1- We’re not talking about faith, we’re arguing about which justification system is a more reliable way of producing knowledge.

    2- We’re not talking about one or the other, but rather the appropriate role for each. I’m saying that relating to G-d, knowing Him through experiencing His Creation and His Torah is the basis of emunah, atop which one uses philosophy to know more about Him. That He Exists (and perhaps the more basic things we say about Him as well, this is a blurry line which drifts off), though, is most soundly proven the way we prove postulates, not as a structure built atop postulates.

  14. micha says:

    You’re still contrasting philsophy with faith. I do not know how to clarify what I’m saying without repeating myself.

    1- We’re not talking about faith, we’re arguing about which justification system is a more reliable way of producing knowledge.

    2- We’re not talking about one or the other, but rather the appropriate role for each. I’m saying that relating to G-d, knowing Him through experiencing His Creation and His Torah is the basis of emunah, atop which one uses philosophy to know more about Him. That He Exists (and perhaps the more basic things we say about Him as well, this is a blurry line which drifts off), though, is most soundly proven the way we prove postulates, not as a structure built atop postulates.

  15. Yoni Sacks says:

    The Rabbi: Where could we find one for such a question? Heaven forbid that there should be anything in the Bible to contradict that which is manifest or proved! On the other hand…

    I think there is something very important in this statement of the Rabbi. The Rabbi is very careful to recognize what is manifest and proved. He does not view what is proved as shaky. Much to the contrary, he makes sure the King is aware that the Bible does not contradict what is proved. Heaven forbid that the Bible should contradict what is proved! This is very similar to Rambam’s point regarding Creation. If it could be proved that the Universe is eternal we would take Creation as a Mashal.

    But there are certain areas that cannot be proved, either because of the beginning study of the student. Or perhaps because of the immaturity of human knowledge, or because of the inherent limitation of our knowledge. It is here that we are guided by tradition it would seem. Yet, which tradition shall we choose? Surely there must be a way of intelligently choosing a tradition where formal proof does not, or cannot exist?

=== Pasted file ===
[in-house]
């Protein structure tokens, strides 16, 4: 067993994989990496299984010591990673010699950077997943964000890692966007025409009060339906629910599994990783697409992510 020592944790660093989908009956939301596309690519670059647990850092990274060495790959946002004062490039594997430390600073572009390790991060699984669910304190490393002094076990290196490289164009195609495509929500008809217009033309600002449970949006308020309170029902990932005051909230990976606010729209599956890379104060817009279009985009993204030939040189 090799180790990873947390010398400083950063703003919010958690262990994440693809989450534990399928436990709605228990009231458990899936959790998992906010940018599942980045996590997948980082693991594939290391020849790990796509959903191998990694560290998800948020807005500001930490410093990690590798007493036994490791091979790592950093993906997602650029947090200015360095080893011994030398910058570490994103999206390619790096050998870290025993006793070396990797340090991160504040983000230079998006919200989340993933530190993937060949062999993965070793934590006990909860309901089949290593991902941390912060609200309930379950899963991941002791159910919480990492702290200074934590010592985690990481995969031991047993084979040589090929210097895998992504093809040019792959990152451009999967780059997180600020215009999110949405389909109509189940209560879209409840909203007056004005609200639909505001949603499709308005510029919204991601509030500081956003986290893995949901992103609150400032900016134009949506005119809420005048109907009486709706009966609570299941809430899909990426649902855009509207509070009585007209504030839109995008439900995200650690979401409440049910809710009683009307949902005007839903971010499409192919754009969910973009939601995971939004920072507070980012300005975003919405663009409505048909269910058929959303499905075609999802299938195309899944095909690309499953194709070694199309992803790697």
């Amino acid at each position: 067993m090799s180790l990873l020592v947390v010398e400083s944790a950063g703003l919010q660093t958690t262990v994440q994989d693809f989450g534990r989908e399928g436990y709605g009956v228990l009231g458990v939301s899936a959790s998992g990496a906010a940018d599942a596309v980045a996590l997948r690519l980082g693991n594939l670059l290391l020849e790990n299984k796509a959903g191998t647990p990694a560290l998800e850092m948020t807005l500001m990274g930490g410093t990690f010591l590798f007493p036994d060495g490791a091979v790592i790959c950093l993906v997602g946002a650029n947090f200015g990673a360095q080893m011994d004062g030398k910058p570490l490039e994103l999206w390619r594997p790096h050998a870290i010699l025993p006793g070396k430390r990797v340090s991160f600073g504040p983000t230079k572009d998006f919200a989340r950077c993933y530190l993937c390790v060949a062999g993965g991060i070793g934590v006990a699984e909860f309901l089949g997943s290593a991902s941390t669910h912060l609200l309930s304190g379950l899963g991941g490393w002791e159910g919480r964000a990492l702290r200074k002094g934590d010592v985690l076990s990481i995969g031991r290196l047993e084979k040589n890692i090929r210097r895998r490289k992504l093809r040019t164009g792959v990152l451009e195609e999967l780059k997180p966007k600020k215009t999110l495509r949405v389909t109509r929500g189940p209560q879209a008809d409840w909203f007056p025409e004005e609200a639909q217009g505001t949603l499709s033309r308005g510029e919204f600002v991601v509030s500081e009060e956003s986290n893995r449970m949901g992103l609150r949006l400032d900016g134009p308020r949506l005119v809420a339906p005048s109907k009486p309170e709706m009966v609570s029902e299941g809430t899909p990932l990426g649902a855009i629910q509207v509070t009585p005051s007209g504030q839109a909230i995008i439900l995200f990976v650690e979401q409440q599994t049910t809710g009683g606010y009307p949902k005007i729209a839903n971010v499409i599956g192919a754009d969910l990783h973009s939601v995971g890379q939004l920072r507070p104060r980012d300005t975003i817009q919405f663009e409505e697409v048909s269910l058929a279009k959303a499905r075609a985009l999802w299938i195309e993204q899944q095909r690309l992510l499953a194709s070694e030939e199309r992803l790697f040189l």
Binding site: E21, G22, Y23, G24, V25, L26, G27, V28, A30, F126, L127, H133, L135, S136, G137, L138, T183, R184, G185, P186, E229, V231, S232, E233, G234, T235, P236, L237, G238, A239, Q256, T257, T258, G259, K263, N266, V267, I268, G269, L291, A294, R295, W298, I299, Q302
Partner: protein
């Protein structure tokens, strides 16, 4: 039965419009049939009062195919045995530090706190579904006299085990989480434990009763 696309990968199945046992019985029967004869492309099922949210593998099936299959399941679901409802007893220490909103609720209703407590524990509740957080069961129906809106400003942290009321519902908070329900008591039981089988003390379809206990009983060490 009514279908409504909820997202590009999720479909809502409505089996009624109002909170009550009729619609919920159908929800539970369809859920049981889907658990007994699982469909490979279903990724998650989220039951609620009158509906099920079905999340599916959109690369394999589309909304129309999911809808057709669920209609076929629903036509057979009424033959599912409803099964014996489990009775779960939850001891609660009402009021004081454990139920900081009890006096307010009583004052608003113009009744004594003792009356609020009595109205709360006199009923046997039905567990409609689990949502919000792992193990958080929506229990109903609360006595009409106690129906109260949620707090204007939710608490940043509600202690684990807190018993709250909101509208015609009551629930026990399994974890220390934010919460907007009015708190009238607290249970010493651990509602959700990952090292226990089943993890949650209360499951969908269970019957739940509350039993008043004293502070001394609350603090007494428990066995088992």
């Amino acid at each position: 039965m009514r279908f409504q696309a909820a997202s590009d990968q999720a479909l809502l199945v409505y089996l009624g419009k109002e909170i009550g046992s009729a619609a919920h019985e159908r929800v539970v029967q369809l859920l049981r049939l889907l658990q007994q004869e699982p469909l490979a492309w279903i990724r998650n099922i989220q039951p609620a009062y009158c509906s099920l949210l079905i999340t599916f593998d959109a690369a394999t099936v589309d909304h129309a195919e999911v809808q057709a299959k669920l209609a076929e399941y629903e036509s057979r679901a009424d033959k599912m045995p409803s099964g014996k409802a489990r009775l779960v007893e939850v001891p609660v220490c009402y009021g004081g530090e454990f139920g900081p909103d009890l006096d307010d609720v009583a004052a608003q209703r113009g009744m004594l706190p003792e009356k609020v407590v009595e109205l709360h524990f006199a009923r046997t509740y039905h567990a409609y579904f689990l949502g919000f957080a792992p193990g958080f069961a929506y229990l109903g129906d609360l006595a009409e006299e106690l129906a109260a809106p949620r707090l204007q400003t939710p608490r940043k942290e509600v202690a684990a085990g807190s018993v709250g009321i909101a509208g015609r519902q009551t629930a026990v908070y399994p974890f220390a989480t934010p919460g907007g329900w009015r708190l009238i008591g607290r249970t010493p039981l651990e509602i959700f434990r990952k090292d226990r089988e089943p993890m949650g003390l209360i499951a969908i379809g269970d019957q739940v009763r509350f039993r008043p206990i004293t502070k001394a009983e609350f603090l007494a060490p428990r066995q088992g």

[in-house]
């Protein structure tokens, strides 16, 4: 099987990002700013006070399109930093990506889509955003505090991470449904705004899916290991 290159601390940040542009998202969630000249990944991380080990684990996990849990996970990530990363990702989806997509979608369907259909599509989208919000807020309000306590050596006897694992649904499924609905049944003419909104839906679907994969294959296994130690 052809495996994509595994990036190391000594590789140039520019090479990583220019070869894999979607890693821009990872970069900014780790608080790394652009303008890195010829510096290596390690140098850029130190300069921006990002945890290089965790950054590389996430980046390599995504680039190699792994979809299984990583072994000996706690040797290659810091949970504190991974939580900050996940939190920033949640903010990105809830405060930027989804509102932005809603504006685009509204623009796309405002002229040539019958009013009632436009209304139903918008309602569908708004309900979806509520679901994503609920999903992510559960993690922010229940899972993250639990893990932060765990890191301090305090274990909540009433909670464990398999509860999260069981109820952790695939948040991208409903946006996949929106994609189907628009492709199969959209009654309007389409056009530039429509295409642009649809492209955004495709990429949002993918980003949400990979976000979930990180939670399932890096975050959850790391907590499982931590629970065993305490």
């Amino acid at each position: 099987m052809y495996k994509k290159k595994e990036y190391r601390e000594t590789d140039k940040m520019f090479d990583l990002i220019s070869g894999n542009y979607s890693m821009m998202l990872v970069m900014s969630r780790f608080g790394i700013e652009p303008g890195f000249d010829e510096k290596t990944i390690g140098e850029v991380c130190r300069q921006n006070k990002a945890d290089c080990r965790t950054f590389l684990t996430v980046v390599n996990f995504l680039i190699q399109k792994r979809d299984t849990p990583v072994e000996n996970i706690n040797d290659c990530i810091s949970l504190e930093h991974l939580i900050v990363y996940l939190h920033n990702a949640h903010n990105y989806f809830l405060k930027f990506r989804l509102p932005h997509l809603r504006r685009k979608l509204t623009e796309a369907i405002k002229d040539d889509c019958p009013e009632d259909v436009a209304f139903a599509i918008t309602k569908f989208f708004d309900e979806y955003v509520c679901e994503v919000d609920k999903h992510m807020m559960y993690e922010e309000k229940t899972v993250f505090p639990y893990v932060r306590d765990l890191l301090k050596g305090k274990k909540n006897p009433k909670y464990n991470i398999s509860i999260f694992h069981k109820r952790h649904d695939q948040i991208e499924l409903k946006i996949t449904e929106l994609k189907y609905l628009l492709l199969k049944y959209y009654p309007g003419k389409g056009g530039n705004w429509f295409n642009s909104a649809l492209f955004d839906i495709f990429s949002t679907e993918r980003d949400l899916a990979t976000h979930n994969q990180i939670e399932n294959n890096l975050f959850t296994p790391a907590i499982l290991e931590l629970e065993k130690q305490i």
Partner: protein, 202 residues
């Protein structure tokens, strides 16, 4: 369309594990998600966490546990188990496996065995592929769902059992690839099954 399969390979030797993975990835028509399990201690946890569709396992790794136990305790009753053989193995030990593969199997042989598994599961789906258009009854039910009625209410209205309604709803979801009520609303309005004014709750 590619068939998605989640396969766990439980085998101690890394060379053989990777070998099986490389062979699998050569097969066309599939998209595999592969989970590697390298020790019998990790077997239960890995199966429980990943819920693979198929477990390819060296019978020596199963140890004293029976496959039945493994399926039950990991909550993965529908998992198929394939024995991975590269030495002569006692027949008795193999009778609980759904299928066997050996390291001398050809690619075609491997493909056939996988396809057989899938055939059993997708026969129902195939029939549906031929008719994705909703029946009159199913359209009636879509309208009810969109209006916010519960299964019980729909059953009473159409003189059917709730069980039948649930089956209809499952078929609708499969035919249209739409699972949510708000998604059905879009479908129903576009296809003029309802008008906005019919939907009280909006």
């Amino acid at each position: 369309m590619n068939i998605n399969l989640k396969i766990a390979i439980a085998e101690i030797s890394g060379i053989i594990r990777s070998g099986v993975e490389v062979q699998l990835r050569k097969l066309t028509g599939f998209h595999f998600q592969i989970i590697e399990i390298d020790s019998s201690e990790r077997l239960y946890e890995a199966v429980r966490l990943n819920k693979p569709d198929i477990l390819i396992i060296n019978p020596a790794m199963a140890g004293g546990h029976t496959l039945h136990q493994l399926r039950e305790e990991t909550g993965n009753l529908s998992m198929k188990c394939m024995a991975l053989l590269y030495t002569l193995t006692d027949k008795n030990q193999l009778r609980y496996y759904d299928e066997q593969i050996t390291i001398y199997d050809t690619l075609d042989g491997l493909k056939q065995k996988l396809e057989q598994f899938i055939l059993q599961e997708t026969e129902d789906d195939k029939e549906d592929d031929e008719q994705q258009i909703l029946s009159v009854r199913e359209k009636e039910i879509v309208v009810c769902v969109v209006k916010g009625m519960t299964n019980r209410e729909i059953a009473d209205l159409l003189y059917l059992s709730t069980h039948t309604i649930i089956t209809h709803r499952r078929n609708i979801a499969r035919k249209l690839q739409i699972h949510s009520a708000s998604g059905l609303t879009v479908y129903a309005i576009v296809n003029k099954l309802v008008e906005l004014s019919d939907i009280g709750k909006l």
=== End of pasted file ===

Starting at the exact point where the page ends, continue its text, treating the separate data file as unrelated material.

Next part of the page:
In principle, this is where the Kuzari’s argument from Sinai enters the picture. Forgetting your difficulties with the argument for the moment, clearly, for all those who do not have prophetic dreams, this is the course Kuzari advocates. An argument to justify Jewish tradition where stronger proof cannot exist.

  16. micha says:

    I took the piece you quote to be talking about science, math, and areas of philosophy more amenable to proof. But not religion. IOW, if we prove that sunset is caused by the earth’s spin, then obviously the story of Yehoshua stopping the sun isn’t literal and contradicting what’s proven. But if you deal in theology, philosophers not only can contradict, they usually do.

    The method of philosophical proof doesn’t guarantee soundness, that doesn’t mean that no proof is sound. After all, a proof is also no less sound than the combined shakiness in its postulates and logical steps.

    • O G says:

      “IOW, if we prove that sunset is caused by the earth’s spin, then obviously the story of Yehoshua stopping the sun isn’t literal and contradicting what’s proven.”

      This sounds to me like you are saying: “Because this miracle is impossible, it cannot have literally happened.” Krias Yam Suf is also impossible. So was the mann. Miracles happen outside the natural order. If I wanted to put it in more materialistic terms, I could claim that Hashem miraculously stopped the earth’s rotation while simultaneously negating any effects inertia would have on its inhabitants (which is really an extension of the exact same miracle of stopping the earth’s spin) – and restarted it again in the same way. But do we even need to, or can we, explain it? It was a miracle, outside the natural order.

      IT doesn’t seem like the miracle is any less probable once you consider the earth’s spin than it was when we thought the sun was spinning in a giant sphere and Hashem had to stop it.

      • micha says:

        I didnt deny the miracle, I denied the literalness of calling it “stopping the sun”. Which is the navi’s phrasing — “shemesh beGiv’on dam”. It does not say Yehoshua had HQBH stop the earth’s spin, which is apparently what happened.

        • O G says:

          Thank you for the clarification. I see now what you meant. On a somewhat connected note, I don’t know why people get so excited about the whole geocentric/heliocentric debate. My understanding is that according to the strict definitions of modern physics, there is no absolute reference point in the universe, which means that any given point can be taken to be stationary. If so, the Torah simply chose the Earth to be its reference point. Heliocentrism is not absolute fact, it’s a reference frame that has proven the easiest to enable calculating astronomical phenomena.

          • Holy Hyrax says:

            Oh boy. There is nothing in physics that would entertain the idea that would lend to geocentricism in relation to the sun. Sure, perhaps somehow, you can measure the universe and earth itself can somehow be the “center” (though this is nonsense too)… but in relation to the sun, which is what is in question here, there is no denial of what revolves around the other.